Visually Sealed and Digitally Signed Documents
Liu, Vicky, Caelli, William J., Foo, Ernest, & Russell, Selwyn V. (2004) Visually Sealed and Digitally Signed Documents. In 27th Australasian Computer Science Conference, 19 - 23 January 2004, The University of Otago, Dunedin, New Zealand.
One of the primary flaws with current digital signature technology is that a digital signature does not "feel" or resemble a traditional seal or personal signature to the human observer; lacking a sense of visualisation and changing each time it is applied. This paper reviews the historical value of seals in Eastern and Western cultures to provide a basis to enhance global acceptability of existing digital signatures. The functionality of traditional seals is investigated in broad terms, encompassing newly established applications to accommodate digital signature technology, and traditional seal principles. Traditional seal certificates are employed to prevent the fraudulent use of the seal and serve to bind a particular identity with a particular seal in some Eastern countries, for instance, Taiwan, Japan and Korea. This usage is analogous to the purpose of current digital certificates. This proposal develops the concept of integrating a seal certificate into an overall digital certificate. Verification of a document by visualisation is done by affixing a visual seal within a document and then digitally signing the document. Incorporating the seal images into digital certificates ensures the integrity of the seal images applied to digital signatures. This paper defines new private extensions to the X.509 v3 certificate structure and explains the new digital signing and verifying process. The purpose of this proposed solution is to fulfil the cultural gap between traditional seals and digital signatures through the integration of culturally relevant built-in features for increasing the acceptability of digital signatures in global e-commerce, while maintaining the security features of current digital signature schemes.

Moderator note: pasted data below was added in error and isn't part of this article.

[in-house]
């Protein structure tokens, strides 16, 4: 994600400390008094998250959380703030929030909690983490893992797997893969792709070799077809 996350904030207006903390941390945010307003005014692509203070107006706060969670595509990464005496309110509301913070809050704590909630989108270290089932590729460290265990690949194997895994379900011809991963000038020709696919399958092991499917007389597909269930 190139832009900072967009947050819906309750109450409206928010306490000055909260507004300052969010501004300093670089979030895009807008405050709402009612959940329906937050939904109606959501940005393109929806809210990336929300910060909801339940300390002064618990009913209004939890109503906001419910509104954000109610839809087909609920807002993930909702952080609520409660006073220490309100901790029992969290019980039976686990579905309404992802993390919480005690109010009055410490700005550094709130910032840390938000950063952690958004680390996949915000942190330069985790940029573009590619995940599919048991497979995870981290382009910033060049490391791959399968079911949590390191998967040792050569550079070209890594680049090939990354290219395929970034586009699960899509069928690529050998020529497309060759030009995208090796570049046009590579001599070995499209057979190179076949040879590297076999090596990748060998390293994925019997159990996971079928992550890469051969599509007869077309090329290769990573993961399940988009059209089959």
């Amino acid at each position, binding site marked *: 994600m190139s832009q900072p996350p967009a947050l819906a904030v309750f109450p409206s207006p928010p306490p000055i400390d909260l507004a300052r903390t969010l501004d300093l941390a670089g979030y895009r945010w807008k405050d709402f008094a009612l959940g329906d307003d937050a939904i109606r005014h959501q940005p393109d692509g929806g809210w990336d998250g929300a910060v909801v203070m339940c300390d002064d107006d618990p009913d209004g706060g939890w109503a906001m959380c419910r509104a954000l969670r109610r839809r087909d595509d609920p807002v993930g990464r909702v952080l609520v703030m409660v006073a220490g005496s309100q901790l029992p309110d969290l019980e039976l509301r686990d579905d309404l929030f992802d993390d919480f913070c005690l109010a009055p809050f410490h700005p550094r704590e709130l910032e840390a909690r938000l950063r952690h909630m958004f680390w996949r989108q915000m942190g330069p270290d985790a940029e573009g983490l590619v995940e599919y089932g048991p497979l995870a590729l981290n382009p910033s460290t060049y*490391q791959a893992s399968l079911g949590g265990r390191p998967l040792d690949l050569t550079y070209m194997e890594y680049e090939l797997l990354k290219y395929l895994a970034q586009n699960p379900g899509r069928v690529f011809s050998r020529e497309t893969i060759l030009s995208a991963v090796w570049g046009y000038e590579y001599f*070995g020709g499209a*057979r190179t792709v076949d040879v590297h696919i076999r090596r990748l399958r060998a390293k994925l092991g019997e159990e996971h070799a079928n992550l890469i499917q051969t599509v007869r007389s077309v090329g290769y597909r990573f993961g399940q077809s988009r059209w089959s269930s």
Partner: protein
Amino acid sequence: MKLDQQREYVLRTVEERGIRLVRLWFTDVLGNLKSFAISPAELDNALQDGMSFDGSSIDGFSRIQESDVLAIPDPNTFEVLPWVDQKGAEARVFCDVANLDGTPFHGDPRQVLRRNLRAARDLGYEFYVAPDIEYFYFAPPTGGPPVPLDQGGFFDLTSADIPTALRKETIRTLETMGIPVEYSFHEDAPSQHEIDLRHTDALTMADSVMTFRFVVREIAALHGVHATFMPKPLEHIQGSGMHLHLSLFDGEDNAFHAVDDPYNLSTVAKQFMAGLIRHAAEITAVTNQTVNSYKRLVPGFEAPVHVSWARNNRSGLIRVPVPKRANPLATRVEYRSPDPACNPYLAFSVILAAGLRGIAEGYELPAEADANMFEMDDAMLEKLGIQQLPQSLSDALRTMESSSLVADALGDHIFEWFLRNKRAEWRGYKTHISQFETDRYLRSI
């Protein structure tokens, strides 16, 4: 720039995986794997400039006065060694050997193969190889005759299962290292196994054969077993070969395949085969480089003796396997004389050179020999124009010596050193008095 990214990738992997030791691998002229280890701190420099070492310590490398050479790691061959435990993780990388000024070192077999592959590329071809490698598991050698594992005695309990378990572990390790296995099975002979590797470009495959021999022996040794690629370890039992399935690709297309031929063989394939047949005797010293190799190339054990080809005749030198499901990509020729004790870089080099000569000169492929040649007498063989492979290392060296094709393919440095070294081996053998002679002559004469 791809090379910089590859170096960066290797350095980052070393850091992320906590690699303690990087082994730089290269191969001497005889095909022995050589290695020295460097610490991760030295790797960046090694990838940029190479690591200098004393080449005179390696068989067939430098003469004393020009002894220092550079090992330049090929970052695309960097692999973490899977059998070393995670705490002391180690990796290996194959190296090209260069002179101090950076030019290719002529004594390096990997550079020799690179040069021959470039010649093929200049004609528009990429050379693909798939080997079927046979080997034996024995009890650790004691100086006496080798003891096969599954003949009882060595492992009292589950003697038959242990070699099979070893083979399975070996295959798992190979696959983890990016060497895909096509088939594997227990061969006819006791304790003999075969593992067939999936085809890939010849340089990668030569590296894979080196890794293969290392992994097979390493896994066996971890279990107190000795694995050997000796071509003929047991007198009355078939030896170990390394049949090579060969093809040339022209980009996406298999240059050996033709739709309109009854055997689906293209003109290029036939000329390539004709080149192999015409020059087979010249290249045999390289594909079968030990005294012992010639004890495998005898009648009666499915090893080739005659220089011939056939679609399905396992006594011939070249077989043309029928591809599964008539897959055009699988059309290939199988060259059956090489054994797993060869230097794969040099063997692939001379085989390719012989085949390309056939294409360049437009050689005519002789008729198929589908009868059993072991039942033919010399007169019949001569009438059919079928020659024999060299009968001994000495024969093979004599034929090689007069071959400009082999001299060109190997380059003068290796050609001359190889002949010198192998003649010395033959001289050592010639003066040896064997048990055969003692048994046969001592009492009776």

Impact and interest:
Citation counts are sourced monthly from and citation databases.
These databases contain citations from different subsets of available publications and different time periods and thus the citation count from each is usually different. Some works are not in either database and no count is displayed. Scopus includes citations from articles published in 1996 onwards, and Web of Science® generally from 1980 onwards.
Citations counts from theindexing service can be viewed at the linked Google Scholar™ search.
Full-text downloads displays the total number of times this work’s files (e.g., a PDF) have been downloaded from QUT ePrints as well as the number of downloads in the previous 365 days. The count includes downloads for all files if a work has more than one.
|Item Type:||Conference Paper|
|Keywords:||seals, seal certificate, e, commerce, digital signatures, visualisation, security, verification|
|Subjects:||Australian and New Zealand Standard Research Classification > INFORMATION AND COMPUTING SCIENCES (080000) > DATA FORMAT (080400) > Data Format not elsewhere classified (080499)
Australian and New Zealand Standard Research Classification > INFORMATION AND COMPUTING SCIENCES (080000)
|Divisions:||Past > QUT Faculties & Divisions > Faculty of Science and Technology|
|Copyright Owner:||Copyright 2004 Australian Computer Society|
|Copyright Statement:||Reproduced in accordance with the copyright policy of the publisher.|
|Deposited On:||09 Dec 2005 00:00|
|Last Modified:||29 Feb 2012 13:07|
Repository Staff Only: item control page